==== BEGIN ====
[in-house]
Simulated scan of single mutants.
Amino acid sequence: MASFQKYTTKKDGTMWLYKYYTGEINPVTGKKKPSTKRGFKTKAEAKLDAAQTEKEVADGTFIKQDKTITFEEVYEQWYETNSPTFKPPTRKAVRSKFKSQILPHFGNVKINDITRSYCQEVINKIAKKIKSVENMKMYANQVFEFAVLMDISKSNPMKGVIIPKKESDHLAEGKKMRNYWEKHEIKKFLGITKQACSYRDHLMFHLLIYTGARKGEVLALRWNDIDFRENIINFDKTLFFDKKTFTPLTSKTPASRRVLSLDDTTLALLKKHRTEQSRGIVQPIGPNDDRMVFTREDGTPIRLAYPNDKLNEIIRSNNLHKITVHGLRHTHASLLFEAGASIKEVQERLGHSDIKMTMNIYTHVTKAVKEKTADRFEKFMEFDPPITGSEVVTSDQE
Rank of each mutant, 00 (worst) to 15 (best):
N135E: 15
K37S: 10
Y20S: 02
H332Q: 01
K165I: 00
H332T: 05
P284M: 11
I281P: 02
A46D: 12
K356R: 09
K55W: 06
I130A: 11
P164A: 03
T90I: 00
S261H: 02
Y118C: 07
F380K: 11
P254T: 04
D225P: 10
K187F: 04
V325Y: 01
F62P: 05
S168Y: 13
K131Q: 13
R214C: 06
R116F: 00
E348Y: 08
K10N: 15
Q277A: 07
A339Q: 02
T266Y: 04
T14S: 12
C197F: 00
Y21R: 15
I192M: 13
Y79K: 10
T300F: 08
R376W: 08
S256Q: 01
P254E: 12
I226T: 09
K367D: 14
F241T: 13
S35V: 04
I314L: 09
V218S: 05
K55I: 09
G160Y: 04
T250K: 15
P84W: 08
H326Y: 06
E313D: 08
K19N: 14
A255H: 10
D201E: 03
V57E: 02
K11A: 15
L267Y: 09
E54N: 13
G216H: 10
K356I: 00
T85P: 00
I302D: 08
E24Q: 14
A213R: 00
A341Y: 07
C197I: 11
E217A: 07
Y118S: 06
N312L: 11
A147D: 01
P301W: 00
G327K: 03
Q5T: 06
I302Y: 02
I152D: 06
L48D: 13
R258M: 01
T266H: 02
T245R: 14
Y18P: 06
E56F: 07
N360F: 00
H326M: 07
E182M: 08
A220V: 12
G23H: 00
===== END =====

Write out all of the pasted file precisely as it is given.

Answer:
[in-house]
Simulated scan of single mutants.
Amino acid sequence: MASFQKYTTKKDGTMWLYKYYTGEINPVTGKKKPSTKRGFKTKAEAKLDAAQTEKEVADGTFIKQDKTITFEEVYEQWYETNSPTFKPPTRKAVRSKFKSQILPHFGNVKINDITRSYCQEVINKIAKKIKSVENMKMYANQVFEFAVLMDISKSNPMKGVIIPKKESDHLAEGKKMRNYWEKHEIKKFLGITKQACSYRDHLMFHLLIYTGARKGEVLALRWNDIDFRENIINFDKTLFFDKKTFTPLTSKTPASRRVLSLDDTTLALLKKHRTEQSRGIVQPIGPNDDRMVFTREDGTPIRLAYPNDKLNEIIRSNNLHKITVHGLRHTHASLLFEAGASIKEVQERLGHSDIKMTMNIYTHVTKAVKEKTADRFEKFMEFDPPITGSEVVTSDQE
Rank of each mutant, 00 (worst) to 15 (best):
N135E: 15
K37S: 10
Y20S: 02
H332Q: 01
K165I: 00
H332T: 05
P284M: 11
I281P: 02
A46D: 12
K356R: 09
K55W: 06
I130A: 11
P164A: 03
T90I: 00
S261H: 02
Y118C: 07
F380K: 11
P254T: 04
D225P: 10
K187F: 04
V325Y: 01
F62P: 05
S168Y: 13
K131Q: 13
R214C: 06
R116F: 00
E348Y: 08
K10N: 15
Q277A: 07
A339Q: 02
T266Y: 04
T14S: 12
C197F: 00
Y21R: 15
I192M: 13
Y79K: 10
T300F: 08
R376W: 08
S256Q: 01
P254E: 12
I226T: 09
K367D: 14
F241T: 13
S35V: 04
I314L: 09
V218S: 05
K55I: 09
G160Y: 04
T250K: 15
P84W: 08
H326Y: 06
E313D: 08
K19N: 14
A255H: 10
D201E: 03
V57E: 02
K11A: 15
L267Y: 09
E54N: 13
G216H: 10
K356I: 00
T85P: 00
I302D: 08
E24Q: 14
A213R: 00
A341Y: 07
C197I: 11
E217A: 07
Y118S: 06
N312L: 11
A147D: 01
P301W: 00
G327K: 03
Q5T: 06
I302Y: 02
I152D: 06
L48D: 13
R258M: 01
T266H: 02
T245R: 14
Y18P: 06
E56F: 07
N360F: 00
H326M: 07
E182M: 08
A220V: 12
G23H: 00